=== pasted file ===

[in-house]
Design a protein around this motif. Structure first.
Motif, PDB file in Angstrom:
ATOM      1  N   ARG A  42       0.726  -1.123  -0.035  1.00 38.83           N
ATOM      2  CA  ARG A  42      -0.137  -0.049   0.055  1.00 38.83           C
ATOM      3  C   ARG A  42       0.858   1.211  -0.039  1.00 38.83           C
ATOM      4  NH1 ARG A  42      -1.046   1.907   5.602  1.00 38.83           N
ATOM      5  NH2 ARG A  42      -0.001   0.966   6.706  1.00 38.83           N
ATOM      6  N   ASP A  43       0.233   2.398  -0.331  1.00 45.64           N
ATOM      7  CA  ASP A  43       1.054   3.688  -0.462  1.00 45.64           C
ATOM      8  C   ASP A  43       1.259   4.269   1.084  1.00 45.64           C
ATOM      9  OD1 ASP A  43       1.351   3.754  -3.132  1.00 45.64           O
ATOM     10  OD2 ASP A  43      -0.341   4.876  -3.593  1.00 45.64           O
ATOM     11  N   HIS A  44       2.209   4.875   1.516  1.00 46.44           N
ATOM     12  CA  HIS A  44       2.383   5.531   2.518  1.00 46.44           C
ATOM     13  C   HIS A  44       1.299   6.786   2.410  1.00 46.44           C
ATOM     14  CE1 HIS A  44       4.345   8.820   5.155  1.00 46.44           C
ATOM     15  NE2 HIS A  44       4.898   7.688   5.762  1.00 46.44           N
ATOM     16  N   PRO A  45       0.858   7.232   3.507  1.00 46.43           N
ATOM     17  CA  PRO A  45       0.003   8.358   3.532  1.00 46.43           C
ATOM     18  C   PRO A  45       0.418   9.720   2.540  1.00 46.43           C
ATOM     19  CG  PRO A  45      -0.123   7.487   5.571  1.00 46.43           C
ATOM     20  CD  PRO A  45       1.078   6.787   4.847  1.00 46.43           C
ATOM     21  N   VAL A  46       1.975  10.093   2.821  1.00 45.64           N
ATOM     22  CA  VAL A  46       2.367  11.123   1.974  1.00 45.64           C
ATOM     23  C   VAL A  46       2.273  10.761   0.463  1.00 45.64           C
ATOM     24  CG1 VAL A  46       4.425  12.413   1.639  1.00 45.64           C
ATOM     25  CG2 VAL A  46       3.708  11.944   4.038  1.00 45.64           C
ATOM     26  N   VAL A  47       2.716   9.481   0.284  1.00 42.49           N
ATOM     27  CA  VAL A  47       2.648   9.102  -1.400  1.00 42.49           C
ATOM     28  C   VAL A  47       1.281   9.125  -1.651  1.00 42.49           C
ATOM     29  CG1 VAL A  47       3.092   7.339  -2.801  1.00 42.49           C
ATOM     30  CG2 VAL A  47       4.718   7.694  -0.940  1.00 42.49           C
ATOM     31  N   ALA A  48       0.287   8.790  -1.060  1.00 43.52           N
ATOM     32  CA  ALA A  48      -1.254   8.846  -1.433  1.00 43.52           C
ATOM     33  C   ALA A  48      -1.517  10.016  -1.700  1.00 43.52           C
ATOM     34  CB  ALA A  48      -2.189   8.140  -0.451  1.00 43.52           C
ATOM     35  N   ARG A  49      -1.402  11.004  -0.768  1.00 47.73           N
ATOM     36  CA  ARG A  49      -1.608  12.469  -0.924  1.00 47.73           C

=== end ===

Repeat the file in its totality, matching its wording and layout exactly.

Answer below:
[in-house]
Design a protein around this motif. Structure first.
Motif, PDB file in Angstrom:
ATOM      1  N   ARG A  42       0.726  -1.123  -0.035  1.00 38.83           N
ATOM      2  CA  ARG A  42      -0.137  -0.049   0.055  1.00 38.83           C
ATOM      3  C   ARG A  42       0.858   1.211  -0.039  1.00 38.83           C
ATOM      4  NH1 ARG A  42      -1.046   1.907   5.602  1.00 38.83           N
ATOM      5  NH2 ARG A  42      -0.001   0.966   6.706  1.00 38.83           N
ATOM      6  N   ASP A  43       0.233   2.398  -0.331  1.00 45.64           N
ATOM      7  CA  ASP A  43       1.054   3.688  -0.462  1.00 45.64           C
ATOM      8  C   ASP A  43       1.259   4.269   1.084  1.00 45.64           C
ATOM      9  OD1 ASP A  43       1.351   3.754  -3.132  1.00 45.64           O
ATOM     10  OD2 ASP A  43      -0.341   4.876  -3.593  1.00 45.64           O
ATOM     11  N   HIS A  44       2.209   4.875   1.516  1.00 46.44           N
ATOM     12  CA  HIS A  44       2.383   5.531   2.518  1.00 46.44           C
ATOM     13  C   HIS A  44       1.299   6.786   2.410  1.00 46.44           C
ATOM     14  CE1 HIS A  44       4.345   8.820   5.155  1.00 46.44           C
ATOM     15  NE2 HIS A  44       4.898   7.688   5.762  1.00 46.44           N
ATOM     16  N   PRO A  45       0.858   7.232   3.507  1.00 46.43           N
ATOM     17  CA  PRO A  45       0.003   8.358   3.532  1.00 46.43           C
ATOM     18  C   PRO A  45       0.418   9.720   2.540  1.00 46.43           C
ATOM     19  CG  PRO A  45      -0.123   7.487   5.571  1.00 46.43           C
ATOM     20  CD  PRO A  45       1.078   6.787   4.847  1.00 46.43           C
ATOM     21  N   VAL A  46       1.975  10.093   2.821  1.00 45.64           N
ATOM     22  CA  VAL A  46       2.367  11.123   1.974  1.00 45.64           C
ATOM     23  C   VAL A  46       2.273  10.761   0.463  1.00 45.64           C
ATOM     24  CG1 VAL A  46       4.425  12.413   1.639  1.00 45.64           C
ATOM     25  CG2 VAL A  46       3.708  11.944   4.038  1.00 45.64           C
ATOM     26  N   VAL A  47       2.716   9.481   0.284  1.00 42.49           N
ATOM     27  CA  VAL A  47       2.648   9.102  -1.400  1.00 42.49           C
ATOM     28  C   VAL A  47       1.281   9.125  -1.651  1.00 42.49           C
ATOM     29  CG1 VAL A  47       3.092   7.339  -2.801  1.00 42.49           C
ATOM     30  CG2 VAL A  47       4.718   7.694  -0.940  1.00 42.49           C
ATOM     31  N   ALA A  48       0.287   8.790  -1.060  1.00 43.52           N
ATOM     32  CA  ALA A  48      -1.254   8.846  -1.433  1.00 43.52           C
ATOM     33  C   ALA A  48      -1.517  10.016  -1.700  1.00 43.52           C
ATOM     34  CB  ALA A  48      -2.189   8.140  -0.451  1.00 43.52           C
ATOM     35  N   ARG A  49      -1.402  11.004  -0.768  1.00 47.73           N
ATOM     36  CA  ARG A  49      -1.608  12.469  -0.924  1.00 47.73           C